Data logging update (TES January 2003)

Small or fast, innovative or functional, this year sees a new batch of data loggers and sensors aimed at the science classroom. With what is arriving (and it’s all on show at BETT 2003) you can build on what you have, start from scratch or extend what you do.


If you are looking for ‘small’, the EasySense FlashLogger (Data Harvest 125) is one of the most compact ‘loggers’ you can find. It slots into a socket found on many Pocket PC devices as made by Casio, Toshiba and Hewlett Packard. It then connects to Data Harvest’s ‘SmartQ’ sensors to do any experiment you would care to do. Creditable is its software (Sensing Science) which is well-featured for such a tiny computer. Helpful are the onscreen worksheets which set up the system up for you. Intelligent are the SmartQ sensors – and there’s now a new colorimeter and force sensor – because they’re able to tell the computer what they can do. In the past you’d have a troublesome upgrade.
What needs testing is how well data logging gone dinky-size can work as Pocket PCs as these are not the most robust, functional or inexpensive computers. However, many will find ways over the hurdles - printing graphs, recharging batteries and installing software - to find a platform as versatile as any.
A new logger called Flowlog (from 99) distinguishes itself by working with low cost Palm handhelds as well as a PC. Its use of infra-red to link with a Palm is novel but the bigger appeal is that these pocket organisers start at 70 and reduce the overall cost. As well as data logging, Flowlog has D&T uses as a storage oscilloscope, circuit board tester and control technology interface. There are two models, one boxed to use plugs and one ‘bare board’ version using screw terminals. Launched with a huge range of sensors from US supplier Vernier, it begs a trial.


For ease of use, very little comes near PASCO’s USB range which this year includes the highly innovative Visual Accelerometer (VA - 145 approx). This new sensor has a line of ten LEDs which light up in turn to measure and so visualize, acceleration. Push it in one direction to see one or more red LEDs light, push it in the other to see the green LEDs light. Place it on a ‘cart’, wheel it down a track or bounce it from a spring and you quickly find yourself with the most effective new teaching tool in years. The VA works well without a computer but connect it with a ‘USB-Link’ and run Data Studio software (for PC, Apple, OS-X) and you have a handy accelerometer. This means that you can not only graph acceleration live, but if you use a Force sensor as well, you can plot one against the other and do ‘F=ma’.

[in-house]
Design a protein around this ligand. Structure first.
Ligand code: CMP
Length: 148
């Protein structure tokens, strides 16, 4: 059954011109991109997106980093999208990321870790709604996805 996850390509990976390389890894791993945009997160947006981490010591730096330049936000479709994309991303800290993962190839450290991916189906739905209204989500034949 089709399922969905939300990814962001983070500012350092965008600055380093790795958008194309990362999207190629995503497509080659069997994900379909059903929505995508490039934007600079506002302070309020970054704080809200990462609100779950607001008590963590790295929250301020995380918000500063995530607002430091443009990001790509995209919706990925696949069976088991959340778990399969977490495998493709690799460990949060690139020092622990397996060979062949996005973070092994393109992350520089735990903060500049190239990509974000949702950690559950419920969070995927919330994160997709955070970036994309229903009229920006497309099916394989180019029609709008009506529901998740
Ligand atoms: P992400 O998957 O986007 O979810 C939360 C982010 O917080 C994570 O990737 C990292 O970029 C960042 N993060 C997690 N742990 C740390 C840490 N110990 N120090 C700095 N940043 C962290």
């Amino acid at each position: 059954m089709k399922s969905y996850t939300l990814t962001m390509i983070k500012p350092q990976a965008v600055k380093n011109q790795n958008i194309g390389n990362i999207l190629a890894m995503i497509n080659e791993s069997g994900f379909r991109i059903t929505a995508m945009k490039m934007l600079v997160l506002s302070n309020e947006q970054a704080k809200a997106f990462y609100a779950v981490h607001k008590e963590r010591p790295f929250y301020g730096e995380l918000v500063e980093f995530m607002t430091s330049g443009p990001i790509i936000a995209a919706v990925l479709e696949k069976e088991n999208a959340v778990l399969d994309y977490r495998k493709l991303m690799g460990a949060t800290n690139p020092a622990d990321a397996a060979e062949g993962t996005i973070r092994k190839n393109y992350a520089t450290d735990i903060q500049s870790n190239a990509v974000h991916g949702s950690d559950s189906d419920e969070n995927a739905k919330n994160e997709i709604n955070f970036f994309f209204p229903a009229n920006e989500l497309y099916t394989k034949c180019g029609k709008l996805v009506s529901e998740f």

New PASCO sensors in this unbelievably plug and play range include a turbidity sensor and a carbon dioxide sensor. And then there is a smart colorimeter which without fuss records absorbance over four wavelengths simultaneously. If that’s not something you’re used to doing, try it as you study reaction order. You’ll see four graphs, choose the best and soon realise that colorimetry is useful and better using technology.

Sciencescope will have two new data loggers both of which are able to use Philip Harris sensors. The Logbook SM (275) has a 16-character display, three built-in sensors and room for two others. The Logbook XD (250) offers more sophisticated recording options – including very fast recording for physics. New sensors include a colorimeter, pulse, force, voltage, current, oxygen, humidity and a barometer. See here also for a new (USB) camera that can film experiments as you log data.

After winning a BETT award last year for LogIT Explorer, the primary school data logger, the unit gains an inexpensive accessory to build a feedback system. The Explorer Controller (50) allows you to power a buzzer, a fan or lamp in response to changes in temperature. Also from LogIT comes a Datameter USB Starter Pack (310) to make data logging work out of the box on computers without a serial port.

The Human Physiology pack (869) looks like just the thing Biology and PE teachers have been asking for. For starters there’s a heart sensor to show pulse and ECG, even during exercise. But then there’s a ventilation sensor to measure air flow and a ‘respiration box’ to measure oxygen levels. Completing the package is the portable VTT Console that has a tiny screen and many computer-like features. Data you collect can also be uploaded to the computer.

The best news for Economatic’s VTT Console (above) as well as devices from Deltronics, LogIT, Data Harvest and others is that each works with ‘Insight Data logging’ (85) the latest or fourth version of this legendary software. New features like automatic scaling of graphs remove the need to set the recording time, while the screen layout now puts a graph, digits, bars and results table all on screen at once. Many will want to see how Insight’s data logging program, physics timing program and teach yourself module have now been melded into one. An upgrade from those with version two looks tempting enough.


  • Don’t miss:

    Visual accelerometer and PASPORT sensors from PASCO

    Flash Logger from Data Harvest

    Insight Data logging software from Timstar / Griffin;

Commotion Tel: 01732 773399
Data Harvest Tel: 01525 373666
Deltronics, Tel: 01269 843728
Economatics Tel: 0114 281 3204
Griffin Tel: 01509 233344
IT in Science & Roger Frost Tel: 020 8986 3526
Matrix Multimedia Tel: 0870 700 1831
PASCO Scientific Tel: 020 8560 5678
Pico Technology Tel: 01480 396 395
ScienceScope Tel: 01225 852800
Valiant Technology 020 8673 2233


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